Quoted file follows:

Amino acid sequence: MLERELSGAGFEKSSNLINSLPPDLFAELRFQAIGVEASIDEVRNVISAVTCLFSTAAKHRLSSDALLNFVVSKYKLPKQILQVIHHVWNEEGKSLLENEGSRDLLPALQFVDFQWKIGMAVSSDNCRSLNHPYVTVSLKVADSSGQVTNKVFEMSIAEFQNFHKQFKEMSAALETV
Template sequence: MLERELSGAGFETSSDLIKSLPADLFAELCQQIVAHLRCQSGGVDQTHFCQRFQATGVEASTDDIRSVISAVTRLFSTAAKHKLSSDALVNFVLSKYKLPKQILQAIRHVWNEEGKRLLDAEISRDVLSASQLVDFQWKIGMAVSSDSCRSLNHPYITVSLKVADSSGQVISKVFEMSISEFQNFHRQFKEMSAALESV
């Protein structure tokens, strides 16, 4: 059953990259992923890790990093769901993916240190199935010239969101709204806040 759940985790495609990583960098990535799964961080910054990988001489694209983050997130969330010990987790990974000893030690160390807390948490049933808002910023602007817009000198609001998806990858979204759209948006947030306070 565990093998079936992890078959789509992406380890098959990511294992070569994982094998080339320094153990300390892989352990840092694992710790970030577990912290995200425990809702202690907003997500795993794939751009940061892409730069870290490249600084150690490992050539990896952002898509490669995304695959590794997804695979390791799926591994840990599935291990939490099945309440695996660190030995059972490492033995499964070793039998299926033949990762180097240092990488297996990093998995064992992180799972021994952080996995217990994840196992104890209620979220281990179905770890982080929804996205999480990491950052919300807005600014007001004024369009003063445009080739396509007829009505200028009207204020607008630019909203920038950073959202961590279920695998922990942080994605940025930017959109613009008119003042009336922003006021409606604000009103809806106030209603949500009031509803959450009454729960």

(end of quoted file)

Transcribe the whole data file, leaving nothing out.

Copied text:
Amino acid sequence: MLERELSGAGFEKSSNLINSLPPDLFAELRFQAIGVEASIDEVRNVISAVTCLFSTAAKHRLSSDALLNFVVSKYKLPKQILQVIHHVWNEEGKSLLENEGSRDLLPALQFVDFQWKIGMAVSSDNCRSLNHPYVTVSLKVADSSGQVTNKVFEMSIAEFQNFHKQFKEMSAALETV
Template sequence: MLERELSGAGFETSSDLIKSLPADLFAELCQQIVAHLRCQSGGVDQTHFCQRFQATGVEASTDDIRSVISAVTRLFSTAAKHKLSSDALVNFVLSKYKLPKQILQAIRHVWNEEGKRLLDAEISRDVLSASQLVDFQWKIGMAVSSDSCRSLNHPYITVSLKVADSSGQVISKVFEMSISEFQNFHRQFKEMSAALESV
């Protein structure tokens, strides 16, 4: 059953990259992923890790990093769901993916240190199935010239969101709204806040 759940985790495609990583960098990535799964961080910054990988001489694209983050997130969330010990987790990974000893030690160390807390948490049933808002910023602007817009000198609001998806990858979204759209948006947030306070 565990093998079936992890078959789509992406380890098959990511294992070569994982094998080339320094153990300390892989352990840092694992710790970030577990912290995200425990809702202690907003997500795993794939751009940061892409730069870290490249600084150690490992050539990896952002898509490669995304695959590794997804695979390791799926591994840990599935291990939490099945309440695996660190030995059972490492033995499964070793039998299926033949990762180097240092990488297996990093998995064992992180799972021994952080996995217990994840196992104890209620979220281990179905770890982080929804996205999480990491950052919300807005600014007001004024369009003063445009080739396509007829009505200028009207204020607008630019909203920038950073959202961590279920695998922990942080994605940025930017959109613009008119003042009336922003006021409606604000009103809806106030209603949500009031509803959450009454729960």